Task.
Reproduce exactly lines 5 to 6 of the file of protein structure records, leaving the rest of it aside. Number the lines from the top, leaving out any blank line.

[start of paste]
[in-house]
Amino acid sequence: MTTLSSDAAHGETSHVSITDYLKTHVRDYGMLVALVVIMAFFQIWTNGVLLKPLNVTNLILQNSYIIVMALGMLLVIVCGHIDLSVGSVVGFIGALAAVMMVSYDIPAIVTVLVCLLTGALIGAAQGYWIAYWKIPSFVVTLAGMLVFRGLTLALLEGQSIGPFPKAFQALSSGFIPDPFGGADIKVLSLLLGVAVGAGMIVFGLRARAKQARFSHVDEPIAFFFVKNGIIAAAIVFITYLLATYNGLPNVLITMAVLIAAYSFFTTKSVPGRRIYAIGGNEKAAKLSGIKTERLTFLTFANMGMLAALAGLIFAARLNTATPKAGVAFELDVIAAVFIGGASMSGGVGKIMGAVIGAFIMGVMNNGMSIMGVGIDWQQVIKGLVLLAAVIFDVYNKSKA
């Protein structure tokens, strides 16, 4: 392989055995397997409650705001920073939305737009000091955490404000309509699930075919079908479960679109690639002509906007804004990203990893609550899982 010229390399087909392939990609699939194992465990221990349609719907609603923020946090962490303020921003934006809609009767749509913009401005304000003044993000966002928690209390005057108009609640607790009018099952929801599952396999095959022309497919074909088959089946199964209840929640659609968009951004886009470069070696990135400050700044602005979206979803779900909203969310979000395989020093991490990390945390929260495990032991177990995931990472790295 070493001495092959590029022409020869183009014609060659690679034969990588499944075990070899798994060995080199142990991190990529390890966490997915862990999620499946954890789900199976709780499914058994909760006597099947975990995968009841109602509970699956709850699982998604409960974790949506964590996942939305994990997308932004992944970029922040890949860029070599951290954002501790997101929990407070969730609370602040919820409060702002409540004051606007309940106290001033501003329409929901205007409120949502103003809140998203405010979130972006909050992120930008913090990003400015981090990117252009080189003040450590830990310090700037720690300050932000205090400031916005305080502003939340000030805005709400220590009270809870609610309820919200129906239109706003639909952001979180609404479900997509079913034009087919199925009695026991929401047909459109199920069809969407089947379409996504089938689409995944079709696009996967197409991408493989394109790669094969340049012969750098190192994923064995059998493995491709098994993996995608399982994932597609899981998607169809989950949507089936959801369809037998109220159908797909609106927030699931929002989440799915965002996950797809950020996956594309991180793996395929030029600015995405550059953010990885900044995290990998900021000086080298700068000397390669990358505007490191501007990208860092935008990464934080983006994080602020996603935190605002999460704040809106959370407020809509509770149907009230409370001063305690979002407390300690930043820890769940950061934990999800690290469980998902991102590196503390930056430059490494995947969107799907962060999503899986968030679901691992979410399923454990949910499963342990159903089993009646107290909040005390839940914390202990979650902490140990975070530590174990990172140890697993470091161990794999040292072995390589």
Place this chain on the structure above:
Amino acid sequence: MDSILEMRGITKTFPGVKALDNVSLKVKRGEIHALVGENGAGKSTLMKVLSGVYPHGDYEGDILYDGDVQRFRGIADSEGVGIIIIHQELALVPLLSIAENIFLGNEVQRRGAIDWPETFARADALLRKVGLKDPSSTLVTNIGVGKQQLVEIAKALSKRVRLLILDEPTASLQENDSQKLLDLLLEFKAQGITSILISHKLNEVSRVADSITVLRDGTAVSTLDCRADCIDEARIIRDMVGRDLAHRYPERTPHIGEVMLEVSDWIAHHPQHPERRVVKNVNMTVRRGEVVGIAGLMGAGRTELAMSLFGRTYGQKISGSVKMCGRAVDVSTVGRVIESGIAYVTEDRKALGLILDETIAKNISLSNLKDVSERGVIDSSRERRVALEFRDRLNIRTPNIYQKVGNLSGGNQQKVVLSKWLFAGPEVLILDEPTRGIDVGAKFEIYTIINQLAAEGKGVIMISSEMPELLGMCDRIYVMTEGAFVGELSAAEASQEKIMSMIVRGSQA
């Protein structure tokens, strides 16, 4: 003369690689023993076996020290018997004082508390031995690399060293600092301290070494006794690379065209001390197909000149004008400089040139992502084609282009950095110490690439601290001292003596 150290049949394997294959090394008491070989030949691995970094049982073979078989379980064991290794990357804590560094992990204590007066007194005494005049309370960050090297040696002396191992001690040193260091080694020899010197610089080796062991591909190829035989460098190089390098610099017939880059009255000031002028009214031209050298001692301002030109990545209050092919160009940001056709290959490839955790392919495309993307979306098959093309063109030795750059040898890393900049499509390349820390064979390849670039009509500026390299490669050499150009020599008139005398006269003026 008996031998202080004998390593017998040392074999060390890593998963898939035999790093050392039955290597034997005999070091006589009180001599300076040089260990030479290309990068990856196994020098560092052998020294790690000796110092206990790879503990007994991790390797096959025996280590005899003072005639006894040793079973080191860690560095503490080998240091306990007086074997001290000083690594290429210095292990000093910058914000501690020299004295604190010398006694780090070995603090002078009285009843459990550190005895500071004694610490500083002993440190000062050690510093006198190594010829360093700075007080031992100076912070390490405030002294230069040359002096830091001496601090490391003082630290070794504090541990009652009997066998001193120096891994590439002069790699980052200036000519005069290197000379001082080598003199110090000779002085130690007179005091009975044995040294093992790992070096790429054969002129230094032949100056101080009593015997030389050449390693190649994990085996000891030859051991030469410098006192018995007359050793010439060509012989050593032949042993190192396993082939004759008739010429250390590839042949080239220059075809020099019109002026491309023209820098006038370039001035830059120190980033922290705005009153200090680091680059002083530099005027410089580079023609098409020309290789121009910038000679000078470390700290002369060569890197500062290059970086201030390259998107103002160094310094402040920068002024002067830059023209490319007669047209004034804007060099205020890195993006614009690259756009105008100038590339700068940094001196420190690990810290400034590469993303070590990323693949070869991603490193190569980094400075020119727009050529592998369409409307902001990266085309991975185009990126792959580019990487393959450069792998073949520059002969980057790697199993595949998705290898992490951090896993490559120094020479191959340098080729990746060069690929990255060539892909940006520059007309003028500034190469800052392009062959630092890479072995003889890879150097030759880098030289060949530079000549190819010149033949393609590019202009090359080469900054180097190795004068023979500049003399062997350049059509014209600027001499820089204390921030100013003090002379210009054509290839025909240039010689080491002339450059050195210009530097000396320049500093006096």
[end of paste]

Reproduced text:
Amino acid sequence: MDSILEMRGITKTFPGVKALDNVSLKVKRGEIHALVGENGAGKSTLMKVLSGVYPHGDYEGDILYDGDVQRFRGIADSEGVGIIIIHQELALVPLLSIAENIFLGNEVQRRGAIDWPETFARADALLRKVGLKDPSSTLVTNIGVGKQQLVEIAKALSKRVRLLILDEPTASLQENDSQKLLDLLLEFKAQGITSILISHKLNEVSRVADSITVLRDGTAVSTLDCRADCIDEARIIRDMVGRDLAHRYPERTPHIGEVMLEVSDWIAHHPQHPERRVVKNVNMTVRRGEVVGIAGLMGAGRTELAMSLFGRTYGQKISGSVKMCGRAVDVSTVGRVIESGIAYVTEDRKALGLILDETIAKNISLSNLKDVSERGVIDSSRERRVALEFRDRLNIRTPNIYQKVGNLSGGNQQKVVLSKWLFAGPEVLILDEPTRGIDVGAKFEIYTIINQLAAEGKGVIMISSEMPELLGMCDRIYVMTEGAFVGELSAAEASQEKIMSMIVRGSQA
């Protein structure tokens, strides 16, 4: 003369690689023993076996020290018997004082508390031995690399060293600092301290070494006794690379065209001390197909000149004008400089040139992502084609282009950095110490690439601290001292003596 150290049949394997294959090394008491070989030949691995970094049982073979078989379980064991290794990357804590560094992990204590007066007194005494005049309370960050090297040696002396191992001690040193260091080694020899010197610089080796062991591909190829035989460098190089390098610099017939880059009255000031002028009214031209050298001692301002030109990545209050092919160009940001056709290959490839955790392919495309993307979306098959093309063109030795750059040898890393900049499509390349820390064979390849670039009509500026390299490669050499150009020599008139005398006269003026 008996031998202080004998390593017998040392074999060390890593998963898939035999790093050392039955290597034997005999070091006589009180001599300076040089260990030479290309990068990856196994020098560092052998020294790690000796110092206990790879503990007994991790390797096959025996280590005899003072005639006894040793079973080191860690560095503490080998240091306990007086074997001290000083690594290429210095292990000093910058914000501690020299004295604190010398006694780090070995603090002078009285009843459990550190005895500071004694610490500083002993440190000062050690510093006198190594010829360093700075007080031992100076912070390490405030002294230069040359002096830091001496601090490391003082630290070794504090541990009652009997066998001193120096891994590439002069790699980052200036000519005069290197000379001082080598003199110090000779002085130690007179005091009975044995040294093992790992070096790429054969002129230094032949100056101080009593015997030389050449390693190649994990085996000891030859051991030469410098006192018995007359050793010439060509012989050593032949042993190192396993082939004759008739010429250390590839042949080239220059075809020099019109002026491309023209820098006038370039001035830059120190980033922290705005009153200090680091680059002083530099005027410089580079023609098409020309290789121009910038000679000078470390700290002369060569890197500062290059970086201030390259998107103002160094310094402040920068002024002067830059023209490319007669047209004034804007060099205020890195993006614009690259756009105008100038590339700068940094001196420190690990810290400034590469993303070590990323693949070869991603490193190569980094400075020119727009050529592998369409409307902001990266085309991975185009990126792959580019990487393959450069792998073949520059002969980057790697199993595949998705290898992490951090896993490559120094020479191959340098080729990746060069690929990255060539892909940006520059007309003028500034190469800052392009062959630092890479072995003889890879150097030759880098030289060949530079000549190819010149033949393609590019202009090359080469900054180097190795004068023979500049003399062997350049059509014209600027001499820089204390921030100013003090002379210009054509290839025909240039010689080491002339450059050195210009530097000396320049500093006096």